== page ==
It is because unless there were severe losses of job opportunities around the nation that North Dakotans were told to move to where the jobs were, or at least should be. That was in other states. Especially Minnesota or Colorado, but even California, or Georgia, or Washington, or where ever the industrial growth was happening.

Now in the more recent past as the economy around the nation has changed the opposite has occurred. That is, North Dakota’s unemployment rate has improved, but really the percentage is not very much. For instance, we brag about it being the lowest in the nation at 2.4 percent in May of this year, but in May 2000 it was 2.6 percent. Of course in May 2010 it had increased to 3.3 percent before we really started to grow from the oil boom.

But this is what counts, from May 2000 to May 2014 the number of employed people in North Dakota had increased by nearly 20 percent. That is huge. That could come about only by people moving into the state.

Minnesota, which brags about having the lowest unemployment rate of any major MSA in Minneapolis/St. Paul barely increased the number of jobs over that same 14 year period by 5 percent.

South Dakota and Montana were both twice the percentage growth of Minnesota, but still barely over one-half of North Dakota. The United States was in the category of only about 40 percent of the growth compared of North Dakota.

All that being said, North Dakota still has the fewest number of employed people, and by quite a bit even compared to South Dakota.

So, which is the best state? Depends on your interpretation. Not so crowded in North Dakota. But not all the opportunities all around the state like Minnesota, or even South Dakota.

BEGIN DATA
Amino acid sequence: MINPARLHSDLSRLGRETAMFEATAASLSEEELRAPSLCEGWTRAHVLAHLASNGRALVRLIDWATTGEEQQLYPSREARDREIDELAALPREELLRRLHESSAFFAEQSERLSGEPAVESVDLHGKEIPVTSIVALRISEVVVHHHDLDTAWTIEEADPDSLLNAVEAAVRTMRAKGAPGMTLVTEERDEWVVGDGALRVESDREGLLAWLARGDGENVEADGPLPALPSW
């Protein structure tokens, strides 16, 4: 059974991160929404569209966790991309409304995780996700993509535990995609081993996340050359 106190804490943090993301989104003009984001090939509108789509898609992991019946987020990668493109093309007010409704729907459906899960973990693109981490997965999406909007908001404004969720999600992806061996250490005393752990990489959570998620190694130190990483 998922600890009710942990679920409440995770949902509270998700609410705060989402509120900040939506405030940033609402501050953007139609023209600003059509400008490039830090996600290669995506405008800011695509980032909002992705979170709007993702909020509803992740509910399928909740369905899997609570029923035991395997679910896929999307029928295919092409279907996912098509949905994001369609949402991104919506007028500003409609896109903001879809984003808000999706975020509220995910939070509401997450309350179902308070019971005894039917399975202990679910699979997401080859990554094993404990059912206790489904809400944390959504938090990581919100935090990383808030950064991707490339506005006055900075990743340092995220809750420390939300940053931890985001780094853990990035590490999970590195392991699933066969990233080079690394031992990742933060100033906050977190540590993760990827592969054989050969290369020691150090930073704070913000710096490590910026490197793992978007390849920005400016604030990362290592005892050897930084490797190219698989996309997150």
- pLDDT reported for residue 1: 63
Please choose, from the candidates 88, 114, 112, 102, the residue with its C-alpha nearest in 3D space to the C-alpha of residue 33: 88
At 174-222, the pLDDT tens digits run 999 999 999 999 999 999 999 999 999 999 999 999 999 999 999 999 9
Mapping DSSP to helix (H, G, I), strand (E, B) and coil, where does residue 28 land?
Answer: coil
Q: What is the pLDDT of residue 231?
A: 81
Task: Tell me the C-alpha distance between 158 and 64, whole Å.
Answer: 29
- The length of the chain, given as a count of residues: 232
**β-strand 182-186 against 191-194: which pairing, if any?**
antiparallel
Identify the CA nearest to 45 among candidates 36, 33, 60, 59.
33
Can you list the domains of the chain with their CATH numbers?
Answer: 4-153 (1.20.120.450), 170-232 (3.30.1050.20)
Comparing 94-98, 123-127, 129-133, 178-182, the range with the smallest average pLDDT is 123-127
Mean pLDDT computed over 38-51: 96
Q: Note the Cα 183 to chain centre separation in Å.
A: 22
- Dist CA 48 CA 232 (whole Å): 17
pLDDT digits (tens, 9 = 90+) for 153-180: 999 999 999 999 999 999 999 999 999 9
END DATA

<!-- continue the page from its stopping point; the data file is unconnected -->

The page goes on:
First, I have made three postings today. There is this report on North Dakota’s General Fund Revenues and Transfers. Below that is the Airline Boardings Report, and finally the most recent Employment/Unemployment report.

Concerning this report, second verse same as the first… Well, at least one thing that can be said about the projections purchased by the state is that they are consistent. That is, the same to be off by the same amount in each category every month.

At least that is the case with the amount they are off for the biennium to date. For a month to month comparison you would find some fairly with swings. For instance, with the individual income tax category they were short by about nine percent. That was blamed on people making the final adjustments on their 2013 income taxes. While that may be a valid reason it means that for the individual income taxes in North Dakota they were off by over 35 percent, and that is too much.

Incidentally, they were off by nearly that exact amount in the same time as the corporate income taxes. Also, in the insurance premium tax.

The worst category was the financial institutions tax. The projections
were off by 100 percent according to the OMB report. That hardly seems possible if any real economic effort was attempted.

Well, ignoring that waste of money, we can be happy that the report continues to very positive concerning North Dakota’s revenue. Even after the legislature’s attempt to cut taxes the state has collected nearly 20 percent more money to date than last biennium. We really are getting to a point where we need to consider some serious tax refunding to this state’s citizens.